By LINDON DODD
It’s the eve of one of the biggest events of the year in sports. Literally hundreds of millions of dollars and the fate of a television network are at stake. In a team meeting with one of its participants a vote is about to take place. The tally will decide if the team will boycott the Final Four.
In a novel written by a local author, this scenario is at the heart of the story. Bob Padgett has written a story torn right from today’s headlines. At the heart of the discussion rests one of his pet peeves which is the power of money behind NCAA sports.
Padgett is a traditionalist who feels like some of college basketball’s best rivalries are being abandoned by the power brokers in the NCAA bureaucracy. The breaking up of old alliances and the forming of new super conferences is something he finds troubling. CBS recently paid more than a billion dollars per year just for the rights to televise March Madness.
“My motive of writing the book was my anger towards the college presidents and the NCAA in Indianapolis whom I consider one and the same.” In regards to conference realignment, “It’s hypocritical. It’s all about the dollars and not the welfare of the student athlete.”
His critique of college sport’s ruling entity goes even deeper to the apparently non- consistent enforcement of the rules and arbitrary punishment which allows for almost no chance of appeal in many cases. “They have absolute power,” bemoans Padgett. He cites other well known figures who share his animosity like legendary Hoosier ex-coach Bob Knight who has long advocated for another ruling body.
Another theme of the novel involves billions of dollars being earned by university corporate entities with no money going back to the players. Padgett raises the issues of paying the players for their part in the riches being earned from television revenue each year.
Padgett himself is a former basketball and football coach who has two stints in teaching. His early career in education ended when he left the profession due to forced bussing in the 1960s in Louisville. The chaos he remembers made it almost impossible to be an effective educator. He then spent 13 years in supervision and ultimately labor relations management at Phillip Morris.
He cites numbers of his division alone — one of about 20 — where every day his line workers produced 12 million units (i.e. cigarettes) daily. It was his followup position in labor management talks with nine separate unions that led to stress and burnout with contract talks often going on 24/7 for two to three weeks. When the Louisville plant decided to close and move to North Carolina he decided to return to his first love of teaching.
Padgett is most proud one particular student in his senior English class while at DeSales named James Markert. Markert has published several books including one that has sold well regionally which centers around Louisville’s Waverly Hills Sanitarium titled, “The Requiem Rose.” Markert is now a Hollywood screenwriter who edited Padgett’s manuscript for the novel.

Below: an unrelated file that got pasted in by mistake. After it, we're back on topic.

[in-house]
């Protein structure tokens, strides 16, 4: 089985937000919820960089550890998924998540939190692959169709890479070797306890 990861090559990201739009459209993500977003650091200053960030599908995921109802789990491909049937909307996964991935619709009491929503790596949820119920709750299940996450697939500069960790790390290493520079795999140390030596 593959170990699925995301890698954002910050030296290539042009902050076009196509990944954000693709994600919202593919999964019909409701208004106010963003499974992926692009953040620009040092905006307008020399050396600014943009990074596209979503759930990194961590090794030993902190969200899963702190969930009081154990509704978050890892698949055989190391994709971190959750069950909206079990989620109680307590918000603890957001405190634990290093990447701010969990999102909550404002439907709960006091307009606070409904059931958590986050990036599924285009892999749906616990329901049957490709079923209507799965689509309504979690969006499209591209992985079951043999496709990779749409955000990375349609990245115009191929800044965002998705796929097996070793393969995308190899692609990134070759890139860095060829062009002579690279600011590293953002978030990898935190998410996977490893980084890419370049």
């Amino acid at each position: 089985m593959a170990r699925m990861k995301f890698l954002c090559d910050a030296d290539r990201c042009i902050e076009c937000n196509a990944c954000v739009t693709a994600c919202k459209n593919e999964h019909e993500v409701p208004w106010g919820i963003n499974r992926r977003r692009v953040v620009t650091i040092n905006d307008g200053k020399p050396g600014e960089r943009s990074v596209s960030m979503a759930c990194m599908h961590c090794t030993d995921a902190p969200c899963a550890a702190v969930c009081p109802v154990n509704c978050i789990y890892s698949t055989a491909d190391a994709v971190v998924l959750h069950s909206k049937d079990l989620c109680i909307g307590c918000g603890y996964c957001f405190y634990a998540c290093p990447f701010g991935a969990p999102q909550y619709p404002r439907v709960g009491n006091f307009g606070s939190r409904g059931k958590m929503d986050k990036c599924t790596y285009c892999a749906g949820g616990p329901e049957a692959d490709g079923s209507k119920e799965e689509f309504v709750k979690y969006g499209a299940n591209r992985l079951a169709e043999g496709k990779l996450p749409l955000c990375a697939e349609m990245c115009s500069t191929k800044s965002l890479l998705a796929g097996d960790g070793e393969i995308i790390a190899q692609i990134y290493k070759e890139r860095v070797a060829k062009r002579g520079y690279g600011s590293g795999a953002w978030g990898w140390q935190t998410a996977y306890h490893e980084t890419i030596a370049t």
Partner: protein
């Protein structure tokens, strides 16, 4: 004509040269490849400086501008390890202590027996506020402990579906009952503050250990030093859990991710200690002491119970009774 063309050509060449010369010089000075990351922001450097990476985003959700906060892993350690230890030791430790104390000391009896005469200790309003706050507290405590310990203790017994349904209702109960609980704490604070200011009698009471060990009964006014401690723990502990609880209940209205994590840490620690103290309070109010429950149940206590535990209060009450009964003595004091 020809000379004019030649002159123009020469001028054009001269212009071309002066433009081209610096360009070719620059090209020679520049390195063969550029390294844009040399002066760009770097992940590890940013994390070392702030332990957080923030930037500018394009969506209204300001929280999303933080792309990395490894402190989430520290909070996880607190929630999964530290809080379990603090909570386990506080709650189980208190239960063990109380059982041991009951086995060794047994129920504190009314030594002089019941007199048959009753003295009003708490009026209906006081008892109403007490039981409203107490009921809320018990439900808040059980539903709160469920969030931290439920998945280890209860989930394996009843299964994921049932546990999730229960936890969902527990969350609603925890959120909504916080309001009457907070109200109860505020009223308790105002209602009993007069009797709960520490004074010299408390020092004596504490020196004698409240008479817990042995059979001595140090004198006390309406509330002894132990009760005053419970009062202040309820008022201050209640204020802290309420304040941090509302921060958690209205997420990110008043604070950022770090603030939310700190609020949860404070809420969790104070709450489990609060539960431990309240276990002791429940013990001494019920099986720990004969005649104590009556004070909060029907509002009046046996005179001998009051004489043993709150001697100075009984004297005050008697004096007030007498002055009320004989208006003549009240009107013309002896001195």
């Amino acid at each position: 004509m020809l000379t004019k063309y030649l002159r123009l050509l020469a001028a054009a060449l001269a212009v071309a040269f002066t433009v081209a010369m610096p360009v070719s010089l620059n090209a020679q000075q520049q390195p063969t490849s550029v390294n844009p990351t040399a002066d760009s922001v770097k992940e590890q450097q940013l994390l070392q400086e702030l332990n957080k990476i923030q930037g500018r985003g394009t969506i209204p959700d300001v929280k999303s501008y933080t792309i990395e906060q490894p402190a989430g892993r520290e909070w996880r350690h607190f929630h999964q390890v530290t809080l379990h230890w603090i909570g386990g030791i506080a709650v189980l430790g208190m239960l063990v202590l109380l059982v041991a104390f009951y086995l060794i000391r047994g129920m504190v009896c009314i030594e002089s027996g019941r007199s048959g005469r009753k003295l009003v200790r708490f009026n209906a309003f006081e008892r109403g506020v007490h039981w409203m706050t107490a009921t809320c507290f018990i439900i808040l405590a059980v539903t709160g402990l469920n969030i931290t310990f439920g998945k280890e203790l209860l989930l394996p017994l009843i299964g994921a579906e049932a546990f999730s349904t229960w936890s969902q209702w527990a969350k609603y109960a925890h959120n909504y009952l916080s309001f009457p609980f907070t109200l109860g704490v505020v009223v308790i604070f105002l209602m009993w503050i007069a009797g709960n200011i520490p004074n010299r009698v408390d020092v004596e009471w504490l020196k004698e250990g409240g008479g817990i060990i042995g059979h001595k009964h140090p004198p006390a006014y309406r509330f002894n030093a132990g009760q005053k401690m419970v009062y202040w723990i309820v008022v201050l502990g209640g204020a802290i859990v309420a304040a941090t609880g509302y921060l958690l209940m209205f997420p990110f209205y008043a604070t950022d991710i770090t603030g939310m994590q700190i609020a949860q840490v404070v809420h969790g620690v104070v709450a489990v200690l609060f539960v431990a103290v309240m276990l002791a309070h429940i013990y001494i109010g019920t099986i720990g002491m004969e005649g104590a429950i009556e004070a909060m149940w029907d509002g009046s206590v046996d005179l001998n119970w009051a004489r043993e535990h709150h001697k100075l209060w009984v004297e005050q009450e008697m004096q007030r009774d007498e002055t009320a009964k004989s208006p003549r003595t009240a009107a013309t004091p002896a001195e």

Padgett is currently in his ninth year as a Spanish teacher at Charlestown High School. He speaks seven languages and is currently learning Mandarin as he plans to spend a year teaching English in China after retirement from the Greater Clark School Corporation after the 2013-14 school year. He also had a teaching stint at Providence High School.
About writing a book he admits that it was with both the urging of a lady friend and a little voice inside his head kept him motivated. His attempts at using a computer left him a bit uninspired so he eventually ended up writing the manuscript by hand with pen and paper.
He has been equally at work on a detailed marketing plan for the book composing a long list of names to whom he plans on sending a complimentary copy. It should come as no surprise that many are sports figures and broadcasters.
He is in talks to schedule an interview with another Providence connection name Zach McCrite whom is now the afternoon drive time host of ESPN in St Louis. McCrite knows another sports figure with St Louis connections, sport’s broadcaster Bob Costas to whom he hopes to forward a copy.
Bob Padgett wanted to mention that he did not forget his students at Charlestown High School. He requested that they be mentioned on the book’s cover notes, “I specifically asked Amazon to mention Charlestown High School. I love teaching them and I really love the kids. I wanted them to feel like they were somehow a part of it.” Bob Padgett was among my son’s favorite teachers during his two years of Spanish at CHS.
I won’t give away the result of the team vote or whether the boycott actually takes place. To find out if the Final Four goes on as usual you will have to read the book. I will give you one clue. The insurrection does spread beyond that single locker room and we learn if the ideal of one single player spurred on by two former coaches who run a recruiting service can start a revolutionary movement which will forever change the landscape of college basketball.
Bob Padgett’s new book, “A Boycott of a Basketball Game” can be ordered on Amazon. Com beginning March 29.
Lindon Dodd is a freelance writer who can be reached at firstname.lastname@example.org